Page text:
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  • Writer's pictureSukrit Gupta

25th INDIAN NATIONAL CLIMBING CHAMPIONSHIP ODISHA 2020

25th Indian National Climbing Championship Odisha 2020 [/vc_column_text][vc_video link=”https://www.youtube.com/watch?v=PrN7q3jH6HA&feature=youtu.be” align=”center”][vc_column_text]

2020 was welcomed by India in a variety of ways. Citizens around the nation voiced dissent against the government. Bollywood released a string of films that focus on new age romance. Cricket fans greeted the new year with India-Sri Lanka, T-20 series. Adventure Sports community was also included in the festivities with 2020 beginning with Ice-Climbing Fests and Indian Sport Climbing Championships.[/vc_column_text][vc_single_image image=”6157″ img_size=”full” alignment=”center”][vc_column_text]2020 is the year of the Olympics. The debut of ‘Sport-Climbing’ makes it even more anticipatory for some. In India, climbing’s inclusion has translated to the otherwise fringe sport getting official recognition. The Government and Indian Mountaineering Foundation (IMF) have started collaborating on various projects, which seek to increase awareness about the sport. Last year, IMF in collaboration with the Dept. of Sports & Youth Services, Government of Odisha built a High-Performance Center for Sport Climbing at Kalinga Stadium, Bhubaneswar. Internationally, climbing follows a set of standardized rules prescribed by the International Federation of Sports Climbing (IFSC). Kalinga Stadium, is India’s premier facility which adheres to rules and standards prescribed by the IFSC. It was decided that the annual sport climbing championship would be held in the facility to mark the silver jubilee of competition climbing in India.[/vc_column_text][vc_single_image image=”6156″ img_size=”full” alignment=”center”][vc_column_text]Due to the sheer geographical size of the country, the National Sport Climbing Committee plans, coordinates and executes sport climbing activities and events through various zonal committees. Below is an attached list of various zones and associated regions.[/vc_column_text][vc_single_image image=”6174″ img_size=”full” alignment=”center”][vc_column_text]Each zone organizes competitions which draws climbers from their respective states. It then selects 26 athletes to take part in the national championships. Since 2018, the rules have slightly changed and now we host two annual climbing championship events for three climbing disciplines.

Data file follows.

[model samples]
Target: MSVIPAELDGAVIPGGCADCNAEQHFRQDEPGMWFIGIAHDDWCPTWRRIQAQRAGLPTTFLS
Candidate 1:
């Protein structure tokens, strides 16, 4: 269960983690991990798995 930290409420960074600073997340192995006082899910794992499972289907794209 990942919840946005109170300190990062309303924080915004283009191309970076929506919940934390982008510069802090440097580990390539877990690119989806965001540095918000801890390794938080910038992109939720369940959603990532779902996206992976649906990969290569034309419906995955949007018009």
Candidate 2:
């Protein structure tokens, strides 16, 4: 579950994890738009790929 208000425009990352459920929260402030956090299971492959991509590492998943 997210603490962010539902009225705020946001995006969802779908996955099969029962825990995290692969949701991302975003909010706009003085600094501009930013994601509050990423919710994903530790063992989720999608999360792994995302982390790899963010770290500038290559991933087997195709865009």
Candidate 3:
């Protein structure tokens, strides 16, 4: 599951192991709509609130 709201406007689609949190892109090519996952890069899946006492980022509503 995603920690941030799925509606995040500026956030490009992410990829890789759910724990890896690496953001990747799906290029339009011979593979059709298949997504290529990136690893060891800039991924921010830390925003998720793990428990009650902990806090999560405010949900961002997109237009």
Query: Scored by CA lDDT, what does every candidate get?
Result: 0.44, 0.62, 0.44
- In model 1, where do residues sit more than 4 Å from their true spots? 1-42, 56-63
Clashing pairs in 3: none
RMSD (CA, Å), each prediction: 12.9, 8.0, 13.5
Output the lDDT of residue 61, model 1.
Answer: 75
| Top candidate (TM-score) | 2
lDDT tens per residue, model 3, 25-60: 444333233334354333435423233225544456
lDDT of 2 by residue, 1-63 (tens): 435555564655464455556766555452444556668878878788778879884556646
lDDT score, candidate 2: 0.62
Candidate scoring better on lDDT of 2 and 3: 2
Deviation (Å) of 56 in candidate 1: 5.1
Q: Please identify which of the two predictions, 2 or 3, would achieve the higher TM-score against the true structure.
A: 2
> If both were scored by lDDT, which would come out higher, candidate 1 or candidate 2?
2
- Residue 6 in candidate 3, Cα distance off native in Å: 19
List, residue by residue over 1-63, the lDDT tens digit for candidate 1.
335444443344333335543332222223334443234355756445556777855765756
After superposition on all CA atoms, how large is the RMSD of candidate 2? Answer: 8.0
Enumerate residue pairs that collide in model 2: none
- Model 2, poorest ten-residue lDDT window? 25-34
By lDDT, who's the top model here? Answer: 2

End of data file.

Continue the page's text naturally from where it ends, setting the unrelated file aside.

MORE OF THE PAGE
International Competition Climbing includes the following Disciplines:

  1. Lead: Climbs (‘Routes’) are climbed by the competitors clipping fixed bolts as they climb on “Lead”. Progression along the line of the route determines a competitor’s ranking. [/vc_column_text][vc_single_image image=”6158″ img_size=”full” alignment=”center”][vc_column_text]

  2. Bouldering: Boulders are attempted without ropes but with landing mats for protection. Climbers climb fixed routes on a wall of 5 meters or less and are ranked by the number of routes they complete in the designated time frame. It focuses on the difficulty of the route. [/vc_column_text][vc_single_image image=”6160″ img_size=”full” alignment=”center”][vc_column_text]